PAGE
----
Tanker owners could be prompted to sell a part of their fleet in order to take advantage of the existing bullish market sentiment and capitalize on potential revaluations. In its latest weekly report, shipbroker Allied Shipbroking said that “the tanker market has pivoted towards a bullish trajectory for many months now, amidst a turbulent era in global energy markets. Yet many still hold mixed feelings. Within the current geopolitical turmoil, the blurred outlook for the Chinese economy, the depths of the ongoing energy crisis, and the strategical positions of OPEC+, it seems as though the “unknowns” are too many to support any strong conviction over any market prospects”.
According to Allied’s Quantitative Analyst, Mr. Thomas Chasapis, “one source of higher risk within shipping markets can be asset price levels themselves. Higher prices are often seen as a prime indicator of a bullish market, but they need to always be accompanied by, or at least show firm prospects of higher freight rates. Otherwise, they can trigger even higher volatility within times of excess distress. The below graph points out the accelerated improvement in 5-year asset price levels (for VLCCs and Suezmaxes) both in absolute terms, as well as, in terms of momentum, with the use of the True Strength Index (TSI) technical indicator. The TSI’s role is to capture early trading signals and price reversals, and/or to highlight periodical “Overbought” and “Oversold” conditions. Having used price data for the past 10 years or so, it is apparent that we are already in an “overbought” state”.
“Moreover though, given the below historical trends, we could expect one or two back-and-forth shifts in direction, before any firm negative shift comes into play. This assumption, however, is purely based on historical trends. Current asset price levels were nourished off the back of a growing conviction within the market of even more fervent freight market levels prevailing in the short run. How certain can we be, at this point, that freight earnings with delivery current expectations?”, Mr. Chasapis wondered.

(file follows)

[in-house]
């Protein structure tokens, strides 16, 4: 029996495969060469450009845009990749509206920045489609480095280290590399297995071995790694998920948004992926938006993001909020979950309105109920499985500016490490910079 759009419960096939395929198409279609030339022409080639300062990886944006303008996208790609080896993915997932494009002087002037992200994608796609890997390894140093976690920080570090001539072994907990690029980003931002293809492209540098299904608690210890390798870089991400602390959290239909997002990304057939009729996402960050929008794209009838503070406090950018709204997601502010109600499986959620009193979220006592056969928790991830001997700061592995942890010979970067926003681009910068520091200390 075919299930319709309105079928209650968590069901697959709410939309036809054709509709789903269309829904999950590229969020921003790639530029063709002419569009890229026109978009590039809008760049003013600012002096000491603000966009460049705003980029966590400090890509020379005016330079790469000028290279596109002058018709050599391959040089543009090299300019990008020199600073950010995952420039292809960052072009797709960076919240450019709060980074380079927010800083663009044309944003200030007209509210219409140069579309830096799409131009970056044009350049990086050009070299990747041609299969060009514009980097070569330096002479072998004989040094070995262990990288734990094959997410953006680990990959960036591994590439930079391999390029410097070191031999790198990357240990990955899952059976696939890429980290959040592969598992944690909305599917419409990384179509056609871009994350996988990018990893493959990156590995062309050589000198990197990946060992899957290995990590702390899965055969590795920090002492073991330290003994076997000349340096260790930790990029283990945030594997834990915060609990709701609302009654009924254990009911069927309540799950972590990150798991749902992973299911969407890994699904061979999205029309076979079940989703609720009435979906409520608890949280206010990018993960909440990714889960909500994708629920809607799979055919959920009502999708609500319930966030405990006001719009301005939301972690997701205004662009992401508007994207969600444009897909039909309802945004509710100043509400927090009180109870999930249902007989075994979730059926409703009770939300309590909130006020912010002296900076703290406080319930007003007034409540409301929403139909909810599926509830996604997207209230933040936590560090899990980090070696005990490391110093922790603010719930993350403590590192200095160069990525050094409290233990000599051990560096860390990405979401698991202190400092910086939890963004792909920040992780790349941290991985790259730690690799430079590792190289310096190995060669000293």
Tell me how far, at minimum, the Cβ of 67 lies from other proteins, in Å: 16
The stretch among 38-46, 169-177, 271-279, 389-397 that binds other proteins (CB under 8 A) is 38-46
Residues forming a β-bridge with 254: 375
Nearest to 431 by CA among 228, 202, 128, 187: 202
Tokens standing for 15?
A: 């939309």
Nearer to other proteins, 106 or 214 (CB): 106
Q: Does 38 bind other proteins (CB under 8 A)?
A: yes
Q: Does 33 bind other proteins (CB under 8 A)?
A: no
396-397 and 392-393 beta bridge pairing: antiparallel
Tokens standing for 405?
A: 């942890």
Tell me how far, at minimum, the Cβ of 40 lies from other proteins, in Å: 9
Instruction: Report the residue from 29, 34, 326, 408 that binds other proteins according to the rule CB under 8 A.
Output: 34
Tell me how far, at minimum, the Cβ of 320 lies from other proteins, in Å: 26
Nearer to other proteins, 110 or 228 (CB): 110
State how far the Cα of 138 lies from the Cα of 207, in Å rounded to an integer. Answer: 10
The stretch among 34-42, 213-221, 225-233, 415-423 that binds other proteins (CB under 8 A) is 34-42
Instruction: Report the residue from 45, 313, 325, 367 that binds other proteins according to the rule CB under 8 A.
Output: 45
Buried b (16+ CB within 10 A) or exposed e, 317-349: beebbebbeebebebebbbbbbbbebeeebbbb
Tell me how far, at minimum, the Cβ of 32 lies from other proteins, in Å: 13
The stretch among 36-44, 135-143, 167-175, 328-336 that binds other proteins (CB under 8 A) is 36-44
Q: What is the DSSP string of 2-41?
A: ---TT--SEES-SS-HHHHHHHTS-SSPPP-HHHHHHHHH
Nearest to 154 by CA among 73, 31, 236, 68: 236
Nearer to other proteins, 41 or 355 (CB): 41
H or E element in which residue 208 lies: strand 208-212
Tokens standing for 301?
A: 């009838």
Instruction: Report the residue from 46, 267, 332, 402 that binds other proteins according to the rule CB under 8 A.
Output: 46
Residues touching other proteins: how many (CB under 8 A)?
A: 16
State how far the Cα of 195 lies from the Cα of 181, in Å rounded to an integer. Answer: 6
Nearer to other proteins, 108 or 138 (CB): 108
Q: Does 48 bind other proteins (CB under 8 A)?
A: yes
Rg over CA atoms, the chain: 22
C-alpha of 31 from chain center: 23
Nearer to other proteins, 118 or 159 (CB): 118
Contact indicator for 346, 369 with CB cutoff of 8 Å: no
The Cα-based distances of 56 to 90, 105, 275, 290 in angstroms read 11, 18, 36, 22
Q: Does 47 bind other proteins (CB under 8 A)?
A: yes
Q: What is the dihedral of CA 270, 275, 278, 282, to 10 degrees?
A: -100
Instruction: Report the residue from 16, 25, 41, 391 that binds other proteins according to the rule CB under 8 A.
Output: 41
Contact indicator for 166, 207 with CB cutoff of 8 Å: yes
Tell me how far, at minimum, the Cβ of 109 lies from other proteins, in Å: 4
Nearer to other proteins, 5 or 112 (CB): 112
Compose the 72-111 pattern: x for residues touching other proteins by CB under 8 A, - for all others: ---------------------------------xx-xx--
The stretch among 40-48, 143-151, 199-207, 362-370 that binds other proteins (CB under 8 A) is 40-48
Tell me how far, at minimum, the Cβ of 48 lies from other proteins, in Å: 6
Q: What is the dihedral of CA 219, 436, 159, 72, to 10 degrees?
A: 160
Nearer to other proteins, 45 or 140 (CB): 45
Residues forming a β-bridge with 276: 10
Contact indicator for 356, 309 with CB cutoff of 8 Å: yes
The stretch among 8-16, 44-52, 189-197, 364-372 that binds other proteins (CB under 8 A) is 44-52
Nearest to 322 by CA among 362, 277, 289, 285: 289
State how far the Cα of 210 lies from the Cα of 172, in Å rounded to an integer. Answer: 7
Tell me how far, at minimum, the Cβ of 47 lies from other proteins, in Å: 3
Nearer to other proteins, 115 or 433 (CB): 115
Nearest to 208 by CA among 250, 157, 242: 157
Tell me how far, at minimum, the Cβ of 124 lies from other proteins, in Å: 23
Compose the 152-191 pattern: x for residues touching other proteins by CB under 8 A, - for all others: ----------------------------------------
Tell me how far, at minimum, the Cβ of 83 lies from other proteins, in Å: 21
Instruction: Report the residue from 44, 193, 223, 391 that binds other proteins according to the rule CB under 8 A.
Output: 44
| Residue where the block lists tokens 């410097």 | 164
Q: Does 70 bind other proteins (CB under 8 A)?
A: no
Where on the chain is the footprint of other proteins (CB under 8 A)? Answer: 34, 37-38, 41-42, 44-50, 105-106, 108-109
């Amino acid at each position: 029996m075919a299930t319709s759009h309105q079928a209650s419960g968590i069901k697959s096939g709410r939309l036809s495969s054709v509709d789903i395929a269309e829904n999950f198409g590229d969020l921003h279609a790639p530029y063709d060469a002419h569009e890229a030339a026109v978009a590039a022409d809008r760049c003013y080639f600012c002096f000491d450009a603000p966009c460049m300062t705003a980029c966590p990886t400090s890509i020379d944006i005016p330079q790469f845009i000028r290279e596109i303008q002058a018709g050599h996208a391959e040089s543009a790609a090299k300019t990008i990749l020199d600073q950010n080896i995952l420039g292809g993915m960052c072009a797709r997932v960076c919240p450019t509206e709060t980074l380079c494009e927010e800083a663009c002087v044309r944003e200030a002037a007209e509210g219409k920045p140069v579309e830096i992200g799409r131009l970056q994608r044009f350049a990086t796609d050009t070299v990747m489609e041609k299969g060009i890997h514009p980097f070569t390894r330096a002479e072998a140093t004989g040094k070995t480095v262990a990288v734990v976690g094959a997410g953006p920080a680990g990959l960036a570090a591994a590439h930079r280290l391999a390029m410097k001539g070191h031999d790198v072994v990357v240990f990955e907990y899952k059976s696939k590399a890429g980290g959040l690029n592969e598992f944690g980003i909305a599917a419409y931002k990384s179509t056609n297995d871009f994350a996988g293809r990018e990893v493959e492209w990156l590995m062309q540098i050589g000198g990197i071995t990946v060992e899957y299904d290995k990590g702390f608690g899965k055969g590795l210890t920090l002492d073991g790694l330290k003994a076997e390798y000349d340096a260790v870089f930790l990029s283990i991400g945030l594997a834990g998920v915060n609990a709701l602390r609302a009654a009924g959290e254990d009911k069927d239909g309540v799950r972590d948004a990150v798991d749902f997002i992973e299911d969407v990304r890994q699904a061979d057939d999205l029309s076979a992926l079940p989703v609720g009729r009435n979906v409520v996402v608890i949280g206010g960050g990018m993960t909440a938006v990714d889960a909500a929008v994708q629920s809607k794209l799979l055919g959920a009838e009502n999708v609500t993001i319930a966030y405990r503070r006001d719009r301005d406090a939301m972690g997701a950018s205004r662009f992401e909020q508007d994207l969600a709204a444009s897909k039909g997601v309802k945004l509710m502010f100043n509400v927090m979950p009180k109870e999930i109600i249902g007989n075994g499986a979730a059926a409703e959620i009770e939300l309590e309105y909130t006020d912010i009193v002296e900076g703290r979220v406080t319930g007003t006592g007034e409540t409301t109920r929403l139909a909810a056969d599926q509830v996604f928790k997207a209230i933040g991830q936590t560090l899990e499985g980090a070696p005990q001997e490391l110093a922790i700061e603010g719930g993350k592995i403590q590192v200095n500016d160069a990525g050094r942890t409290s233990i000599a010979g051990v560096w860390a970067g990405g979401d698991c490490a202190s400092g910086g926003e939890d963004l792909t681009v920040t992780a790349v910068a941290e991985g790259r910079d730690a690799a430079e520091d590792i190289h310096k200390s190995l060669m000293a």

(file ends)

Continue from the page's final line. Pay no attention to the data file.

Allied’s analyst concluded that “this analysis is not a bearish dissonance. Quite the contrary. It is a but an alternative angle to approach the current market’s overall trend. From a purely SnP point of view, being a Seller now seems like a relatively “fair” strategy (at the expense of potentially losing out even higher freight returns). However, buying and selling shipping assets is not as simple as it may sound, and it is not the optimal strategy for everyone. From operational difficulties to stakeholder governance, either increasing or decreasing one’s portfolio comes with certain “inconveniences”. At this point, should we be more focused on the market’s short-term momentum and overall potential? A better strategy may well be to start “capitalizing” the recent positive market shifts through some advanced hedging strategies”, he noted.
Nikos Roussanoglou, Hellenic Shipping News Worldwide